Palestinian and international organizations are now engaged in estimating and evaluating the long-term social and health implications that the separation fence is having and will have. One dangerous effect is the one that is illustrated by Jaffar’s case: damage for various reasons to the studies of students in elementary and high schools. According to calculations by the Palestinian Central Bureau of Statistics, only 1 percent of 890 households that live in the area of the fence have reported that their children have dropped out of school as a result of the difficulties in moving around that are caused to them by the fence, but in October, 2003, the bureau examined social and economic effects of the fence on the population in the midst of which it is being built. According to calculations made from the replies of the households that were surveyed, it emerges that in the meantime the families have been doing everything they can to ensure that the students continue to attend school, even though 15.2 percent of them reported that at least one of their children was having difficulties getting to school or to university (29.4 percent of those who live to the west of the fence, 13.9 percent to the east of it). Longer, alternative bypass routes were reported by 45.9 percent, which are used by the students to get to school. In 7.6 percent of the households, students have changed schools because of the fence; 2.4 percent of the households have changed their place of residence. The declining level of studies is the subject of other research studies.

The findings of the survey were published in December and served as the basis for a discussion last week at the Palestinian Bureau of Statistics of the possible changes in social patterns. It is still too early to determine how these trends will solidify over the long term. It is possible that the school dropout rate will increase, as the continuing economic damage caused by the fence will obligate more families to send their children to work or will make it impossible for students to complete high school, not to mention their higher education, which is also becoming more costly as students have to rent accommodations in the cities in which they are studying because of the difficulties in getting from place to place.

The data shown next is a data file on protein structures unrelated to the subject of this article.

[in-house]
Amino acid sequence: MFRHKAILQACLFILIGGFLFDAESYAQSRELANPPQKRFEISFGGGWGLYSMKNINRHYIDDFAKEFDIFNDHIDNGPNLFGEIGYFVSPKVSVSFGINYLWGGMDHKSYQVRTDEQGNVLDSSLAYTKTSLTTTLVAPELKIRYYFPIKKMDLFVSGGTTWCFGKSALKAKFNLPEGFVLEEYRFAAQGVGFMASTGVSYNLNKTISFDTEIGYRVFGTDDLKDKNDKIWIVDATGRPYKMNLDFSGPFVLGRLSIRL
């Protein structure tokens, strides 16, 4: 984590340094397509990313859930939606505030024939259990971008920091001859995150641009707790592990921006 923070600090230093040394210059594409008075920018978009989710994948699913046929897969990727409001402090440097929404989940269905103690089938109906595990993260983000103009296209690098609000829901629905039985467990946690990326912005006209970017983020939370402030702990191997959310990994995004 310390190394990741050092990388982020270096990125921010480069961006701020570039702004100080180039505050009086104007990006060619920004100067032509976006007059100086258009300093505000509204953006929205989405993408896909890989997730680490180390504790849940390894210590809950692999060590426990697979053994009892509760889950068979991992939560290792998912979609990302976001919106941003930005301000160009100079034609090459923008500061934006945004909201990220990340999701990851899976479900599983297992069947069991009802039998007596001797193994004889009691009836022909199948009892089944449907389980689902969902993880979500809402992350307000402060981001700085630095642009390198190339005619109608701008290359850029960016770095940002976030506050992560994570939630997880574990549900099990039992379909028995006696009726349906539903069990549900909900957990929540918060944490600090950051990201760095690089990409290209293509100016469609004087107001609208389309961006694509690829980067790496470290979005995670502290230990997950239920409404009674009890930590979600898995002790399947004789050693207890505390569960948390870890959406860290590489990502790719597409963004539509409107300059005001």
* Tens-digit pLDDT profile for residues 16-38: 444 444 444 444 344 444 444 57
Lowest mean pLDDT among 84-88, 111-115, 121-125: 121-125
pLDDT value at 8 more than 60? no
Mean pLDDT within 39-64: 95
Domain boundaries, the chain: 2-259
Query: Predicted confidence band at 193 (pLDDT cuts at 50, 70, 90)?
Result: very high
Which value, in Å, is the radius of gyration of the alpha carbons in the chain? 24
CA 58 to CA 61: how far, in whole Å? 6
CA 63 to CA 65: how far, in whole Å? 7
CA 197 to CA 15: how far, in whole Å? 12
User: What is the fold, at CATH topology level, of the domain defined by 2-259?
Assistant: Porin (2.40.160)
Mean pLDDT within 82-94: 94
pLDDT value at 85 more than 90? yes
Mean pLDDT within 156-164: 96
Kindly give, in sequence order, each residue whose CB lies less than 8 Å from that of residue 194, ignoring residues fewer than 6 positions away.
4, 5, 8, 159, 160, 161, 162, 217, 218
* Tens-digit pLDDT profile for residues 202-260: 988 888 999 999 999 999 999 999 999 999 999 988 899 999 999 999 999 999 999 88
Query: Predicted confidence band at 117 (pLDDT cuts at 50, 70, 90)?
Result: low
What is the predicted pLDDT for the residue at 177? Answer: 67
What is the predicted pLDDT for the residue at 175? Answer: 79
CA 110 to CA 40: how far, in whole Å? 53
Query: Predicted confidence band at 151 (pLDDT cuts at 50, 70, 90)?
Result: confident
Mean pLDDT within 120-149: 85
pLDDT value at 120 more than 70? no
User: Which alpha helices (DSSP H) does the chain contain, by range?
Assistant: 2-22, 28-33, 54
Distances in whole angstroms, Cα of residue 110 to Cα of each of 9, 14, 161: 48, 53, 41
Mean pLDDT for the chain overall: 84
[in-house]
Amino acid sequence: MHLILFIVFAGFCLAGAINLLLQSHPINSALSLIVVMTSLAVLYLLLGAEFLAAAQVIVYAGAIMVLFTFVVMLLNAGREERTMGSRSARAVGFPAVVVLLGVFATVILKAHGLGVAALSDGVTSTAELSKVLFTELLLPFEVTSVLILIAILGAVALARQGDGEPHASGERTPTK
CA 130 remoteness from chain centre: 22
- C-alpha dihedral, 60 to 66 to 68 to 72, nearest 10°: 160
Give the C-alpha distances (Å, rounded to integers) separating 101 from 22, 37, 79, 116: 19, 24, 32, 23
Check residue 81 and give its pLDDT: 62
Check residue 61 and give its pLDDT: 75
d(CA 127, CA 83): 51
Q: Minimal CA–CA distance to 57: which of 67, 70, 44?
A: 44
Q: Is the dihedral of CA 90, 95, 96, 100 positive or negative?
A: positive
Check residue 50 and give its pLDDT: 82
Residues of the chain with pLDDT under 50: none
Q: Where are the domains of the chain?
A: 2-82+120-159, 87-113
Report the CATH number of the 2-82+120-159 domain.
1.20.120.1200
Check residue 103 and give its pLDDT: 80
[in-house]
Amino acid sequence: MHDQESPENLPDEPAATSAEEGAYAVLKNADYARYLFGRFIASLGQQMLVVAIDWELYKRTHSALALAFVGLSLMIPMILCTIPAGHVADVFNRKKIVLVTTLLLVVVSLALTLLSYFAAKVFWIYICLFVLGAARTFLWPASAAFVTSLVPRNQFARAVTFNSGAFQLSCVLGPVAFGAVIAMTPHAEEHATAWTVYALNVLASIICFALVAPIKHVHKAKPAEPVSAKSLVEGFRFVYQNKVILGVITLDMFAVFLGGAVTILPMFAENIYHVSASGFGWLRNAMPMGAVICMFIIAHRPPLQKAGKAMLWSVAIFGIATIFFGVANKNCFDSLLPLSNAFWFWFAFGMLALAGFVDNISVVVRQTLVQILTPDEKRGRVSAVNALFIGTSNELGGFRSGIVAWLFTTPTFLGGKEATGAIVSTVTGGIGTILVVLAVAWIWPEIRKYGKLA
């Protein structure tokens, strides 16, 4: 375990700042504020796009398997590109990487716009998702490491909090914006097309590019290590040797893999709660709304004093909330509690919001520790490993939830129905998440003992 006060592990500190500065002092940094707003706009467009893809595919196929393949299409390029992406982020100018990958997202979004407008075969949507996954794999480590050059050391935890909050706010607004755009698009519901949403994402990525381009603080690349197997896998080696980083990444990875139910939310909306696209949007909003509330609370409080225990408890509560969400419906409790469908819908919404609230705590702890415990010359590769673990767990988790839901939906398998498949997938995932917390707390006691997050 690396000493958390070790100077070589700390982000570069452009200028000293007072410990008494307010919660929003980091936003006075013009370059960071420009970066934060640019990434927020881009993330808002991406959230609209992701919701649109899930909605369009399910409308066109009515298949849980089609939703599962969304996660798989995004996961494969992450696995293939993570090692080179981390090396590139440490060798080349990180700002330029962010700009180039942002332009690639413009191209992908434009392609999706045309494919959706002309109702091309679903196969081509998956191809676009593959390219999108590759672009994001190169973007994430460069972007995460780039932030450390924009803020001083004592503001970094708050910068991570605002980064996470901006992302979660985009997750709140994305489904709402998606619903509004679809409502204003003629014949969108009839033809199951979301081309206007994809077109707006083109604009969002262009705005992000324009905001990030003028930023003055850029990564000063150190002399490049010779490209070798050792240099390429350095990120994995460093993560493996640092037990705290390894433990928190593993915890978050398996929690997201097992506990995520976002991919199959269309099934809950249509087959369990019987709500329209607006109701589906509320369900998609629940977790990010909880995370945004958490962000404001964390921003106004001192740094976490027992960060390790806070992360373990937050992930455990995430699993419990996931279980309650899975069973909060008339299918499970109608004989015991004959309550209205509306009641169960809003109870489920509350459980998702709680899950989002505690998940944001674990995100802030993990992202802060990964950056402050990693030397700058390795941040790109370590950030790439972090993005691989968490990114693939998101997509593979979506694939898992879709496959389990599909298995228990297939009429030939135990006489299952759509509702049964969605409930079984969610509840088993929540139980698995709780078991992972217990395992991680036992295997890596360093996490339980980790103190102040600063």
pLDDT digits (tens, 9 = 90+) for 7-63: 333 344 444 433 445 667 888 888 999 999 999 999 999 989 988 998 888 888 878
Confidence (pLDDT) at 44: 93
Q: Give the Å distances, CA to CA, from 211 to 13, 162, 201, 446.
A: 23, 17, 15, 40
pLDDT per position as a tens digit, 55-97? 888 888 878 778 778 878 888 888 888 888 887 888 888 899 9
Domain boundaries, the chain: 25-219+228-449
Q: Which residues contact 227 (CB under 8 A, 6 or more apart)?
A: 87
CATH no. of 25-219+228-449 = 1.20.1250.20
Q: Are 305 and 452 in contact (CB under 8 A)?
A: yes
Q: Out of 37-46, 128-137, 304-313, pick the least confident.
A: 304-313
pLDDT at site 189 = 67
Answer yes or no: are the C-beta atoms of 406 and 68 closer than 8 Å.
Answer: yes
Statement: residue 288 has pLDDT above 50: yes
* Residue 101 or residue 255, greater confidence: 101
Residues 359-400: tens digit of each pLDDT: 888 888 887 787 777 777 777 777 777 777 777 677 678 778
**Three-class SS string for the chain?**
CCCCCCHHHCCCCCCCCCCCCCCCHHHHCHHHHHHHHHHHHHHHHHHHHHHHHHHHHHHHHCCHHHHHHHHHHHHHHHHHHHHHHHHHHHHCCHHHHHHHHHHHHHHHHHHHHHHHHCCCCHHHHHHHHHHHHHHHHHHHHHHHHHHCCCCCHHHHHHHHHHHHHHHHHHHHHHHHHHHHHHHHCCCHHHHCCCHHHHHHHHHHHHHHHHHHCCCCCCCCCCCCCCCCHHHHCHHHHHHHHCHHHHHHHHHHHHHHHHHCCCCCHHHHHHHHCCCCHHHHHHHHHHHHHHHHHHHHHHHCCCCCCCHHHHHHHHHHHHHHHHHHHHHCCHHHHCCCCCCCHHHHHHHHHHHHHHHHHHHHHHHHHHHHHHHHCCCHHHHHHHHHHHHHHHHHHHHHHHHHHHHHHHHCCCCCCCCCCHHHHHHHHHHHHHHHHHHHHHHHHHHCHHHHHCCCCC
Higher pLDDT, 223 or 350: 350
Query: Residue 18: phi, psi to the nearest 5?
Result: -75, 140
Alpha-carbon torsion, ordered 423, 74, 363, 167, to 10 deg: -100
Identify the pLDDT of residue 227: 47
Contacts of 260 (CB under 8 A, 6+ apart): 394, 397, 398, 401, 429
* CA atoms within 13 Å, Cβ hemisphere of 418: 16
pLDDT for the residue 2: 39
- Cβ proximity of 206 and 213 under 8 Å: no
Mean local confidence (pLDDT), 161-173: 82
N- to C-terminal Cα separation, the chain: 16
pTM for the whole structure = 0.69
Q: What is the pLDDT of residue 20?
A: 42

Blow to women

Another constant fear is that the people affected will leave their homes with the aim of making their lives easier and move to another locality in the West Bank. About 4,000 of the 45,000 inhabitants of Qalqilyah have left the city during the past three years. Even before it was surrounded by the wall, it was isolated from its village hinterland and from workplaces inside Israel, it was cut off entirely from the other cities in the West Bank and it lost its markets.

Will the cumulative economic decline because of the erection of the fence within Palestinian territory create similar waves of migration deeper into the West Bank in the not too distant future? In October, only 5 percent of the households surveyed that live to the west of the fence and 4.9 percent of those who live to the east of it reported that they have changed or will change their place of residence. Of these, 54.6 percent said that they have moved or will move because of a sense of insecurity or fear; 49.8 percent mentioned the fence as a reason, 26.3 percent – the demolition of their house; 72.4 percent – difficulties in mobility, 48 percent said they have moved or will move because of the location of their job and 17 percent because of studies. The vast majority, 95 percent of those surveyed on both sides of the fence, said that they had no intention of leaving. That is, at the moment there is a general tendency to stick to the place of residence. There are those who are requesting from the Israel Defense Forces and Civil Administration permits to move into the area of enclaves (like Azoun-Atma), to work the land. But it is difficult to know what these families will do in two or three years’ time.

The households were asked whether their incomes sufficed for their needs. To this, 17.8 percent replied that it was sufficient at this time, after the building of the fence, as compared to 62.8 percent who said that it was sufficient before the erection of the fence; 52.7 percent replied that their income was insufficient, now that the fence has gone up.